…JPMorgan Chase and Co. (JPM), the biggest U.S. bank by assets, would be worth 30 percent more if broken into its four business segments.
Of course why stop there? Those “four business segments” were each already too big themselves. Why not smash JPM into ten or twelve roughly equal parts – and make this profit/efficiency orgy even greater? The fact that any/all initiatives to splinter these Big Banks produces (cumulative) immediate reductions in overall systemic risk is just icing on the cake.
In writing previously that “too big to fail = too big to exist”; my arguments were always framed in terms of the insanity of creating a financial system which is nothing but a permanently ticking time-bomb. Additionally, the entire mantra of “too big to fail” is nothing but a (very) thin veil for financial extortion:
“Give us all your money, or we’ll blow up the economy.”
Clearly in a world which places “profit” ahead of morality and sanity, my smash-the-Big-Banks initiative would generate much greater traction if framed in more appealing terms: a chance for everyone to make (a lot of) money. The alternative paradigms facing us are an illustration of stark simplicity:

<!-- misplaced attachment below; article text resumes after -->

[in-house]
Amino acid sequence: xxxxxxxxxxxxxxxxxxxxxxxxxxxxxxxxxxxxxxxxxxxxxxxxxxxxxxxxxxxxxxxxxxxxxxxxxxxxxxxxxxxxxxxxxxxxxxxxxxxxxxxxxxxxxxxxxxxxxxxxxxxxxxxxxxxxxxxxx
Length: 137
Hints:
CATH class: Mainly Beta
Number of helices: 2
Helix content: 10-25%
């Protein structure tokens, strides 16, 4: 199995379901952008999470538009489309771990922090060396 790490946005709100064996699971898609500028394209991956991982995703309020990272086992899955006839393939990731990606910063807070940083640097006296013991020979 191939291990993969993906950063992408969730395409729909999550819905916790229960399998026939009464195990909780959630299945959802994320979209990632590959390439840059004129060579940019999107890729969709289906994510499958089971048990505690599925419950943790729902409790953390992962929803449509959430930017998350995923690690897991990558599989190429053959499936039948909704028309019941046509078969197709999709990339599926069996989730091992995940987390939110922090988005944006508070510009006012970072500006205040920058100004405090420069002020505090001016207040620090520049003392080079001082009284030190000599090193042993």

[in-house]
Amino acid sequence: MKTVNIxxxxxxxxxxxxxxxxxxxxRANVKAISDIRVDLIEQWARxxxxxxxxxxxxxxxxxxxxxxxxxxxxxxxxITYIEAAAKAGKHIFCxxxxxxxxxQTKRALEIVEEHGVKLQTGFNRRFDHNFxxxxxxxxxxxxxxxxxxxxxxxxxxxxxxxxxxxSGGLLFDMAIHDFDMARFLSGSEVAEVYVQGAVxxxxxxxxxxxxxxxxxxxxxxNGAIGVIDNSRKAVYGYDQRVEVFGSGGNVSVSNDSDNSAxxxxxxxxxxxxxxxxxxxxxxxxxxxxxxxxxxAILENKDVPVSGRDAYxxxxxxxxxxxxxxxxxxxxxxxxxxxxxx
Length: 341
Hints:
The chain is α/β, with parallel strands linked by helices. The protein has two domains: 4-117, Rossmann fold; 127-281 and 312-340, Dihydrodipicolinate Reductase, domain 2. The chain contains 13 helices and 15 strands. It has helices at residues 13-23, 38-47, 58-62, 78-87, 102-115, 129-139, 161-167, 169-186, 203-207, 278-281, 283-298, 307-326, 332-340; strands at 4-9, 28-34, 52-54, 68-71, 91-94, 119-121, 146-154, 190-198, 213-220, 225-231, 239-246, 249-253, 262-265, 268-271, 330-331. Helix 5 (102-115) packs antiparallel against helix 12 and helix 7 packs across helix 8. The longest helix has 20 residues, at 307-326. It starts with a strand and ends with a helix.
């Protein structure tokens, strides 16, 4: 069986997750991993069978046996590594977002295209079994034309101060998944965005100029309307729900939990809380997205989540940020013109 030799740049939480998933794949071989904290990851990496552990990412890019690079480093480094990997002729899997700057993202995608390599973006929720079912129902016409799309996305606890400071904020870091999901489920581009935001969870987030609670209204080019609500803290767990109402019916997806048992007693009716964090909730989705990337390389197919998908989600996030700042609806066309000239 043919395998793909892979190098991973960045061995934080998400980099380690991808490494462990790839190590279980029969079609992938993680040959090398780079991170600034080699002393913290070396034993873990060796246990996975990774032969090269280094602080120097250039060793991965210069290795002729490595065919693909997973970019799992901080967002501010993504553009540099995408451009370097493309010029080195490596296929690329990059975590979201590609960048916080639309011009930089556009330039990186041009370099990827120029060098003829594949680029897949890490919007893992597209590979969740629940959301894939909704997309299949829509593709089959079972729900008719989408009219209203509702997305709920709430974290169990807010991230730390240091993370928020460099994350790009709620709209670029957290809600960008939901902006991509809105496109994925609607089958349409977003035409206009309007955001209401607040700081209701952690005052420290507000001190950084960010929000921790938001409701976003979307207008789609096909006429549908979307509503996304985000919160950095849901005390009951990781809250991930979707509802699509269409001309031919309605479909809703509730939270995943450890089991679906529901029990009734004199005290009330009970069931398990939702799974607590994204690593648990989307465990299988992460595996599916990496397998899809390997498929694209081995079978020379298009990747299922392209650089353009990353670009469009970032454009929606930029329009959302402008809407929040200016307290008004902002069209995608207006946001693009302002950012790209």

1) Continue with our “too big to fail” model, where these financial behemoths are so bloated and inefficient that the only way they can even manage to stay alive is through endless/infinite infusions of Corporate Welfare from our governments (and now us) – which (as a mathematical certainty) is guaranteed to “kill the Host” (i.e. our economies);
2) Break up these Big Banks into (much) smaller, (much) more efficient pieces. Then they will no longer require their $trillions per year in Corporate Welfare – because the competent entities will be profitable, while the incompetent entities will be allowed to wither-and-die, cut off from their too-big-to-fail teat.
That’s called “capitalism”, and once upon a time we practiced something remotely resembling it in our economies: free markets; competition. What a concept!